How important is that first kiss? Very, according to a new study.
Oxford University researchers found that - as they expected - women are more likely than men to change their opinion of others after they kiss them.
"Mate choice and courtship in humans is complex," researcher Robin Dunbar said in a press release. "It involves a series of periods of assessments where people ask themselves, ‘Shall I carry on deeper into this relationship?' Initial attraction may include facial, body and social cues. Then assessments become more and more intimate as we go deeper into the courtship stages, and this is where kissing comes in."
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The researchers surveyed over 900 adults, asking questions such as, "How important do you think kissing is at the very initial stages of a relationship?"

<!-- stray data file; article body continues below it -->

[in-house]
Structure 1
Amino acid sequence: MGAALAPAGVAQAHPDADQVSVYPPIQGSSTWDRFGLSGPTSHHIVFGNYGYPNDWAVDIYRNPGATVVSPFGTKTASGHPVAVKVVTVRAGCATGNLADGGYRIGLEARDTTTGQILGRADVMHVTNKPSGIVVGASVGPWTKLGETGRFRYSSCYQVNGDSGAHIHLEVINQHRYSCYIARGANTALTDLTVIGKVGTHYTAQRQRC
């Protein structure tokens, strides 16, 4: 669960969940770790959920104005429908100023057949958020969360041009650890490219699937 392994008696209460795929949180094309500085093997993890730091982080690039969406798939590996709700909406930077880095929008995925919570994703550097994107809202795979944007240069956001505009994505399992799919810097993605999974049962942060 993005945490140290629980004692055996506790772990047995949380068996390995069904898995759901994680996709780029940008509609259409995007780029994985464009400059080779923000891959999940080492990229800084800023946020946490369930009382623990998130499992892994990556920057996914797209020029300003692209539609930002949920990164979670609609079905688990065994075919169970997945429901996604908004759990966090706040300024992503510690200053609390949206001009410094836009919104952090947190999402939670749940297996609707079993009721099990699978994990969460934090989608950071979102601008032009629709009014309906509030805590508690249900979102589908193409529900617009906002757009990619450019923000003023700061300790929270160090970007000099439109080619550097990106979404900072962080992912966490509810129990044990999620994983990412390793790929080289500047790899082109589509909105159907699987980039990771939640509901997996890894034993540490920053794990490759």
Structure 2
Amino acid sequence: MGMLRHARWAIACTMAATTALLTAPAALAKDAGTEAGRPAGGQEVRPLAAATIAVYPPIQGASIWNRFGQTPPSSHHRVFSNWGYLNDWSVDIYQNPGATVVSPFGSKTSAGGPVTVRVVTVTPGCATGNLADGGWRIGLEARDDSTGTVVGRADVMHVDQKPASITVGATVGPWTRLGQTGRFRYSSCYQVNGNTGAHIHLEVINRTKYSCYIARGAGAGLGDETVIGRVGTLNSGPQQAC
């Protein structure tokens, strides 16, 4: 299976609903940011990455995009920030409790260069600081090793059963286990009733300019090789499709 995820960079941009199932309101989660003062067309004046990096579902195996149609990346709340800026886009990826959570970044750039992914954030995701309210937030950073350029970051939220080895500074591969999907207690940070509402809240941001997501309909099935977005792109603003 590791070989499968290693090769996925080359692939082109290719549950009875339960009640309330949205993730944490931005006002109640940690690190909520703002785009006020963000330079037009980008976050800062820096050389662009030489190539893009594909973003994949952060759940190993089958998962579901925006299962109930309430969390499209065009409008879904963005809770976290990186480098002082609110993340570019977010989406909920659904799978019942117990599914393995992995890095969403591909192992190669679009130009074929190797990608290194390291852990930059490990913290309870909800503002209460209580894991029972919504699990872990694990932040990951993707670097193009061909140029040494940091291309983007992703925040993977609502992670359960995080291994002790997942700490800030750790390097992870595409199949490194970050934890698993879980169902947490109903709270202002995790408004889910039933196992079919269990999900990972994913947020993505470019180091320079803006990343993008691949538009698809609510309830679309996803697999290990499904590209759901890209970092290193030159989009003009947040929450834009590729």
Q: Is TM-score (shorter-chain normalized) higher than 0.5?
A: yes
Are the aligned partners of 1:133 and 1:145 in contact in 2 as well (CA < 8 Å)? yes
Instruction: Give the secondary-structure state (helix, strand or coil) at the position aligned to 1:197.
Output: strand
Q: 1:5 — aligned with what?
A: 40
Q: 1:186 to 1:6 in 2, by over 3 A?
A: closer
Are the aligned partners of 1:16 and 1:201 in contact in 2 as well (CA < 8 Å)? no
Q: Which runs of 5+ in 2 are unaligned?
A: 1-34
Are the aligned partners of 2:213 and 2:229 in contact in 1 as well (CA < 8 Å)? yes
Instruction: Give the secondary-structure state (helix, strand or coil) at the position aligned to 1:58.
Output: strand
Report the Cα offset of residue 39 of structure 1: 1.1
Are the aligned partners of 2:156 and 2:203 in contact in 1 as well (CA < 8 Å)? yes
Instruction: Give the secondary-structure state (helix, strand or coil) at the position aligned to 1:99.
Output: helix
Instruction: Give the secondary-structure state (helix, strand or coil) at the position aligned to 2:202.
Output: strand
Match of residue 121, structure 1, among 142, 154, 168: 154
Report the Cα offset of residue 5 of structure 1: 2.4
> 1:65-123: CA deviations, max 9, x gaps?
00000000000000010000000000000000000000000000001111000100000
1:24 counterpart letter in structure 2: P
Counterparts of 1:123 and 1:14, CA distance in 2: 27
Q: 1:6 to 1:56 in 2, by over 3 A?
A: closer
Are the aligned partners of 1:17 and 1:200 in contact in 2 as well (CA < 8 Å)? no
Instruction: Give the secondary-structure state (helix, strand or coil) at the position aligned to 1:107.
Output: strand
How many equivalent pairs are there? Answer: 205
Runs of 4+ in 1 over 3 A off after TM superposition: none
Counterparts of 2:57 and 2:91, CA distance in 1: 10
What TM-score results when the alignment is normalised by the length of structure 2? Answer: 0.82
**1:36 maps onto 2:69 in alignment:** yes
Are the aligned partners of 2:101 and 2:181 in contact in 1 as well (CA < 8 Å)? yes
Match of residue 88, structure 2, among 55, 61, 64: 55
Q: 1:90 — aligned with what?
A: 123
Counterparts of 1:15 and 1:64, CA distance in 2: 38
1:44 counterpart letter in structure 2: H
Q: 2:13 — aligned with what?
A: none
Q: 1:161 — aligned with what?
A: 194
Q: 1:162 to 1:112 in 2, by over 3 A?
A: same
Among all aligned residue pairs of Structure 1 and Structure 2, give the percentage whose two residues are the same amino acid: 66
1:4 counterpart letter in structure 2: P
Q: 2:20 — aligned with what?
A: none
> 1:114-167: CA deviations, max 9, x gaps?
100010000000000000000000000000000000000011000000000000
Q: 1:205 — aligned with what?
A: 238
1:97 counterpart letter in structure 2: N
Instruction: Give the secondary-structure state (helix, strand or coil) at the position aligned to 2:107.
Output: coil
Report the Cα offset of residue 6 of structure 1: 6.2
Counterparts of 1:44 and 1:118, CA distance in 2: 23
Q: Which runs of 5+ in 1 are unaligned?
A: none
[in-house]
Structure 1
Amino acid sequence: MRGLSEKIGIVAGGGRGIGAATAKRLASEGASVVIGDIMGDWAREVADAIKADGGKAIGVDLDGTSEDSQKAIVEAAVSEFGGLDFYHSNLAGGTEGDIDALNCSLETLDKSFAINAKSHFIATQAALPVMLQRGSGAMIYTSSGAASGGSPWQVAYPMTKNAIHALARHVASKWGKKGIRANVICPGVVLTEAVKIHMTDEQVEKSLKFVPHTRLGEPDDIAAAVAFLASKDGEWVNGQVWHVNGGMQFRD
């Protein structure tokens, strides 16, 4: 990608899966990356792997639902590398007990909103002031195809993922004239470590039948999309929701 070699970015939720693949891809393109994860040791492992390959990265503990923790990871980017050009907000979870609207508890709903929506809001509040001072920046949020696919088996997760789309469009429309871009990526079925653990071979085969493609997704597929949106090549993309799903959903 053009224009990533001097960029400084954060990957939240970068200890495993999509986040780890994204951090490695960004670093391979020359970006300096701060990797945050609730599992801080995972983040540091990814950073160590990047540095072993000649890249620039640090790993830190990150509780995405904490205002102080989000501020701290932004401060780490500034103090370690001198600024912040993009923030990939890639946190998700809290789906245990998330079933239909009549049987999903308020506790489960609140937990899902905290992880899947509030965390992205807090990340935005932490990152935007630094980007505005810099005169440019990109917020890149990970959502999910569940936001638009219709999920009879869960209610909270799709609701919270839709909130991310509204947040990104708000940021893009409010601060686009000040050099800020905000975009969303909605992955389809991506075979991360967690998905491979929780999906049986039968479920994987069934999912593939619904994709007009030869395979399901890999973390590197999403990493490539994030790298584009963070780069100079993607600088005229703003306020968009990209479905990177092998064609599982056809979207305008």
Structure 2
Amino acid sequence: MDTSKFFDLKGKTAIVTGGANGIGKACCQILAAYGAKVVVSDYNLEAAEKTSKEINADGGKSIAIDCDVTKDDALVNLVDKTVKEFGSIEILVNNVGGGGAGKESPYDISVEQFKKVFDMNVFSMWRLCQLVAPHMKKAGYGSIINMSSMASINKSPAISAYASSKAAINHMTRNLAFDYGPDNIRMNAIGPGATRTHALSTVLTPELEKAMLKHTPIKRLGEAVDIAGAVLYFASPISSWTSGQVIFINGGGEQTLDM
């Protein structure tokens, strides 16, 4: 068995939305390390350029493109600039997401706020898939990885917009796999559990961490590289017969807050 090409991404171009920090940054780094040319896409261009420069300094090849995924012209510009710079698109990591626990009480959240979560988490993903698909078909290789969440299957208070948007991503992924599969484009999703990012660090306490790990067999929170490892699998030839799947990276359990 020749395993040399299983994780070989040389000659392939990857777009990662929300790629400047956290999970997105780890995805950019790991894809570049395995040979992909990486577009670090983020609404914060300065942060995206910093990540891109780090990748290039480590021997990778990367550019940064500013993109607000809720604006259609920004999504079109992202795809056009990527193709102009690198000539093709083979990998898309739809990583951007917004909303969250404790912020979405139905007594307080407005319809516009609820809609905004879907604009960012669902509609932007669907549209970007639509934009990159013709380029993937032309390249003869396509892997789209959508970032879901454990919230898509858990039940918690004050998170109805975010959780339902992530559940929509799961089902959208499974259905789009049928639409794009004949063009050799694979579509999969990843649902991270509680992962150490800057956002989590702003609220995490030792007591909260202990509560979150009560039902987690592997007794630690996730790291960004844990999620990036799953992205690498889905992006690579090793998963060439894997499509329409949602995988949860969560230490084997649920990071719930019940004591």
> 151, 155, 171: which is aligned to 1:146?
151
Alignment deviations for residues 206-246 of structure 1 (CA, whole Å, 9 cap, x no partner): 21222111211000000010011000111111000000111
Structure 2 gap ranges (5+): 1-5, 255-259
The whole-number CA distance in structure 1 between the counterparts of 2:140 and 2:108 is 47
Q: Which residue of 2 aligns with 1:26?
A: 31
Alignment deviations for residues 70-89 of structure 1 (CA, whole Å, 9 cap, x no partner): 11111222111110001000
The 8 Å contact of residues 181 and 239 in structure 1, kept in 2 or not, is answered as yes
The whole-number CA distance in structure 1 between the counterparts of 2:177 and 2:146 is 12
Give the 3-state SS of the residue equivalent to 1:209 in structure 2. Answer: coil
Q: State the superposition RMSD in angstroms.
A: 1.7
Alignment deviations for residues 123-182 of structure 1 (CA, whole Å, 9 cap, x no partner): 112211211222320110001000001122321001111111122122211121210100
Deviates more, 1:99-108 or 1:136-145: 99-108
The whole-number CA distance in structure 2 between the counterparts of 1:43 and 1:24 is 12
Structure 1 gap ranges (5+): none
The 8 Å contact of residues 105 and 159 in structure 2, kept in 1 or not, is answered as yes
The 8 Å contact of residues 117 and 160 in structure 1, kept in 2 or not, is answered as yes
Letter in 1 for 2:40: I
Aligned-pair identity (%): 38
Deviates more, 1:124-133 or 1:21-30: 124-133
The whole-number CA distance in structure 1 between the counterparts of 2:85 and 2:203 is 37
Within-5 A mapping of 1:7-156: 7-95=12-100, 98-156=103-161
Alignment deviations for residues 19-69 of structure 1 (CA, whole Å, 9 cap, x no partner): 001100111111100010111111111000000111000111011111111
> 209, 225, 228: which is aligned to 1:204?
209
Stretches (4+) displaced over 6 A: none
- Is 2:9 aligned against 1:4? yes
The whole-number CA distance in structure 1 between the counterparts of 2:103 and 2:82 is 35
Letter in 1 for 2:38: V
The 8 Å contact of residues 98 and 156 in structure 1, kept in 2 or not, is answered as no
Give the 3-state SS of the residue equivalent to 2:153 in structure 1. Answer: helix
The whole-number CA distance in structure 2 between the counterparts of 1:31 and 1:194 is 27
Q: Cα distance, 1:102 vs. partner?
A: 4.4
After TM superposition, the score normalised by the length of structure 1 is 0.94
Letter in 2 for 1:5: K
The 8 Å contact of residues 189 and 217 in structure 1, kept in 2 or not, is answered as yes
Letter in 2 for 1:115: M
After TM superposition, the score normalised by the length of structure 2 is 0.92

They found several differences between men and women: women rated kissing as more important in long-term relationships than men did, and more important at times other than when having sex. In fact, women rated kissing as all-around more important in relationships than men did.
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One thing that crossed gender lines: how much couples smooch is a sign of how happy they are together.
The researchers weren't surprised that kissing is used to assess potential partners or to keep relationships thriving, but they were surprised that results of their survey suggested that kissing is not linked to increasing sexual arousal.
The findings were published in the journals Human Nature and Archives of Sexual Behavior.